Her voice, her face, the nervous continual tapping on her clipboard is embedded in my mind, in my heartbreak. She was the “cold, disconnected doctor” who gave us the bad news. There was little compassion, kindness, or awareness of who was sitting before her. Strictly business, only giving medical information that our shock could not let in at that time. We only heard, “incurable cancer, radiation, chemo, probably many years, die of infection.”
“Isn’t this an oncology office? Where is the Kleenex?” I barked through my tears looking around for something, anything, that would acknowledge the moment like only Kleenex can.
Several years after receiving the catastrophic news, the image of her has softened some in my mind. Unexpectedly my heart breaks for her and what she must have to find within herself to be the messenger of life-changing news every week, maybe even every day. I see her pregnant belly. I see a nursing mother. I think about her baby. I dream, “It must be hard to open your heart to the sweetness of your baby and then give bad news to people every day.”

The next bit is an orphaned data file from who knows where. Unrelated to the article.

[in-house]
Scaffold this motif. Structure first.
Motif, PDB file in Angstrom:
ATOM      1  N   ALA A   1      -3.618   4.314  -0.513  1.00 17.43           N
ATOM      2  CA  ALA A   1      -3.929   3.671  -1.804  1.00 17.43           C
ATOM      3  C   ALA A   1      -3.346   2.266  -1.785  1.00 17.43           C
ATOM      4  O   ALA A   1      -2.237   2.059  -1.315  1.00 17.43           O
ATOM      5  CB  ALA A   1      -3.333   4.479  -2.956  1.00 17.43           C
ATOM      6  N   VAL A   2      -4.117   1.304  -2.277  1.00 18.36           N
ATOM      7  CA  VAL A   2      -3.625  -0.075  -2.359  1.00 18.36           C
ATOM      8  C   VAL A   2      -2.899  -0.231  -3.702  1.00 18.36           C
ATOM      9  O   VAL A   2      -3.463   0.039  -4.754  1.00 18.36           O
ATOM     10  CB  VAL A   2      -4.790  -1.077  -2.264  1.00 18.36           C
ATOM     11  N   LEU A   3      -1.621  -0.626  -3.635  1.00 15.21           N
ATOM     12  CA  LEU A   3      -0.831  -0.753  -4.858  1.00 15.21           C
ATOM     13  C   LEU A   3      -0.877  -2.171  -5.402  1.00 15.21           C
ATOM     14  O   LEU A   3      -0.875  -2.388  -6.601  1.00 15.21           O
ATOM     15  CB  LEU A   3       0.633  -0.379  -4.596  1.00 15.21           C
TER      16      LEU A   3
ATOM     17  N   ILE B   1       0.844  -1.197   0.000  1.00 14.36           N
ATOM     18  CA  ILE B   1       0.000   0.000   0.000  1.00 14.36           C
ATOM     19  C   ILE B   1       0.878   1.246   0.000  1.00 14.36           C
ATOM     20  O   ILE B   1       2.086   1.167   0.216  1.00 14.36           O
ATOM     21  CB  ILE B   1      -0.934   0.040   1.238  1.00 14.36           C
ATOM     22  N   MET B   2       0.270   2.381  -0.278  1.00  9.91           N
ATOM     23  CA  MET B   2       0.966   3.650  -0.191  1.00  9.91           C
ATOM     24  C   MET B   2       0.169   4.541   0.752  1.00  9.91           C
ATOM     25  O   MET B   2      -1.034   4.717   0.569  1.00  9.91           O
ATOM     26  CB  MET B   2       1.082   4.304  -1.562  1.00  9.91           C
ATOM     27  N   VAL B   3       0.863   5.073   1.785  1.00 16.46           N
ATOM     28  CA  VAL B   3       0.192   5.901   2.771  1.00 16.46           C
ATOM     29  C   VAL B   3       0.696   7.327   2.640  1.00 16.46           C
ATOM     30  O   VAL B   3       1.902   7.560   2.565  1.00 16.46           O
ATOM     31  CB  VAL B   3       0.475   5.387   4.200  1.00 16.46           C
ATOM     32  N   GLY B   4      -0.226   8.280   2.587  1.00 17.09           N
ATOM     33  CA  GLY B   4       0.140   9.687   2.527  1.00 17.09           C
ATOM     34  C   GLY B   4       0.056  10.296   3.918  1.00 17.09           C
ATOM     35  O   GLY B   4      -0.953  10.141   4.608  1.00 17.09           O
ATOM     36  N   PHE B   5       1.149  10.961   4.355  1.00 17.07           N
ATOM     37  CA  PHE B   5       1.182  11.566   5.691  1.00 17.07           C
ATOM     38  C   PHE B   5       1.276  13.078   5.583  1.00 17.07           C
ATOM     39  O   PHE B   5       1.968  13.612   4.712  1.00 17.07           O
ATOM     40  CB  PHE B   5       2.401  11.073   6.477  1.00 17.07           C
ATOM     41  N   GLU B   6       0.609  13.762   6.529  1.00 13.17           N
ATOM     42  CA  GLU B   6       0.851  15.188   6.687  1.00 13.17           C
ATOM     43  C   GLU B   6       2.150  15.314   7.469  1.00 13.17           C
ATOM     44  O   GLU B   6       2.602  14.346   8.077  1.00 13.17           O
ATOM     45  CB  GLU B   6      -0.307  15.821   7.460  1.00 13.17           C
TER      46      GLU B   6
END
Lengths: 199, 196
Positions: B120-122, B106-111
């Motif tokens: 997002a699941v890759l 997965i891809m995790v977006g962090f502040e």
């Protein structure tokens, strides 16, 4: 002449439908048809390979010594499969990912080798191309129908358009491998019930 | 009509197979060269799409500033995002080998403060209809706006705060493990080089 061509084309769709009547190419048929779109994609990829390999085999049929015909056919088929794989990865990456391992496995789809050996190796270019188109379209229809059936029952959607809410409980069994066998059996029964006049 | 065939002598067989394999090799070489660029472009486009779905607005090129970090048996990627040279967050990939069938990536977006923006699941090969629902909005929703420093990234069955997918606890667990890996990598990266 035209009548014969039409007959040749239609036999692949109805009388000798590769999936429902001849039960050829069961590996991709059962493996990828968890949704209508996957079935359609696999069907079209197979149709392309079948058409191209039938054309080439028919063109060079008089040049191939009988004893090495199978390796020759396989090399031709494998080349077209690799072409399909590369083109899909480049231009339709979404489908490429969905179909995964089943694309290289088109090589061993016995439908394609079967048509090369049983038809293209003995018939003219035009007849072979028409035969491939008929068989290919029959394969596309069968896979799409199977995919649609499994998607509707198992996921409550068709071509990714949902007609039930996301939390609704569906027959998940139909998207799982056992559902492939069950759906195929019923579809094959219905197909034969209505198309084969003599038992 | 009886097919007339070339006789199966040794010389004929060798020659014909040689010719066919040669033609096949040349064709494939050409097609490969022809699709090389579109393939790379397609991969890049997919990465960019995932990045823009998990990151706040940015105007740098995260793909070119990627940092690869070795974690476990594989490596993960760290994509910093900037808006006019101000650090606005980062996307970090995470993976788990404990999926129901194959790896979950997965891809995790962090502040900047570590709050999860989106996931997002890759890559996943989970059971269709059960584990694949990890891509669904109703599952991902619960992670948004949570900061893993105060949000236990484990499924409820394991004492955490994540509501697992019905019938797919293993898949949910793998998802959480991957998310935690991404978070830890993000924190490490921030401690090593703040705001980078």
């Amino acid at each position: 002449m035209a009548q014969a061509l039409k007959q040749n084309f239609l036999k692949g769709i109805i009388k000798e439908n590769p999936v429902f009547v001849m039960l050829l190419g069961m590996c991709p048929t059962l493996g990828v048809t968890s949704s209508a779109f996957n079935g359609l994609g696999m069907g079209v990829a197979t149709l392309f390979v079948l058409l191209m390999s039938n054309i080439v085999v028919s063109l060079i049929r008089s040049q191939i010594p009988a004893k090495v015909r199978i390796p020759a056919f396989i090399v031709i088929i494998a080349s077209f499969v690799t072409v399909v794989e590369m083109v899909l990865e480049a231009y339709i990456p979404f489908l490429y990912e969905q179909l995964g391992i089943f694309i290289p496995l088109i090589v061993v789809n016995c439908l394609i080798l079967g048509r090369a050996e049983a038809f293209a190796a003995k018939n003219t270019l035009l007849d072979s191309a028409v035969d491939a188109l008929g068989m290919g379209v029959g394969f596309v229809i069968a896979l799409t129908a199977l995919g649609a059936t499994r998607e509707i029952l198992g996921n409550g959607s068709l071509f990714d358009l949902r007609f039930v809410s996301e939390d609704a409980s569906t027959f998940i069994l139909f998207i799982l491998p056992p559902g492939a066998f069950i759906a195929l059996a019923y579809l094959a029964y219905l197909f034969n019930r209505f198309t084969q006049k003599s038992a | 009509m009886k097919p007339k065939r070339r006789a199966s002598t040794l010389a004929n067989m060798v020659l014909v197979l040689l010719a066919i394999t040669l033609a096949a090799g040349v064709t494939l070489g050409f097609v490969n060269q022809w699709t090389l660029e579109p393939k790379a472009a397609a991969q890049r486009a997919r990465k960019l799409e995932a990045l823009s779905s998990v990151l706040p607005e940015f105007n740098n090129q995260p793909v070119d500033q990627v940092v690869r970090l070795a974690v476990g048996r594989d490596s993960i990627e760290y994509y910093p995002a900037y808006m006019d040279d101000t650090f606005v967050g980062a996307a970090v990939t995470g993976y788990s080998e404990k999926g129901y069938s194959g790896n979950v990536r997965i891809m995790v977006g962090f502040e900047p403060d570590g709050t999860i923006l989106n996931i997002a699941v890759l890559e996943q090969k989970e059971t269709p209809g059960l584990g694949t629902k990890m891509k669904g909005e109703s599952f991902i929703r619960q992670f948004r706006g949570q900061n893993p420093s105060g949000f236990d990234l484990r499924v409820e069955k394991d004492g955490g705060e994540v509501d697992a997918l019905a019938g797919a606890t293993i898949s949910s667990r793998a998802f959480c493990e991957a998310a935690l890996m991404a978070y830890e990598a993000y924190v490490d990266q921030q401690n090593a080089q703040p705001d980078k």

I wonder, “When you look into the eyes of your baby, do you ever see a scared person faced with a terminal illness? What do you feel?” I just don’t know. I can’t imagine it.
She didn’t share a touch, smile, or caring presence for me to be able to even guess.
Julie Nesnansky says
Wow, thank you Chaya. Is there any way that this can be shared with that doctor? Your pain and also you compassion are so powerful. XXX
There is nothing acceptable about the behavior of the oncologist at that visit, what a horrible memory for you to have. Fourteen years ago I received a breast cancer diagnosis from a breast surgeon/specialist and he spoke of his agony that it was not visible on any mammogram, that visit ended with a big hug from this sweet man. Every visit ended with a hug. It was an aggressive type, surgery, chemo, radiation and I opted for a clinical trial…my oncologist was the sweetest doctor and I brought the hug idea to his office, I imagined he needed it at the end of our visits as much as I did.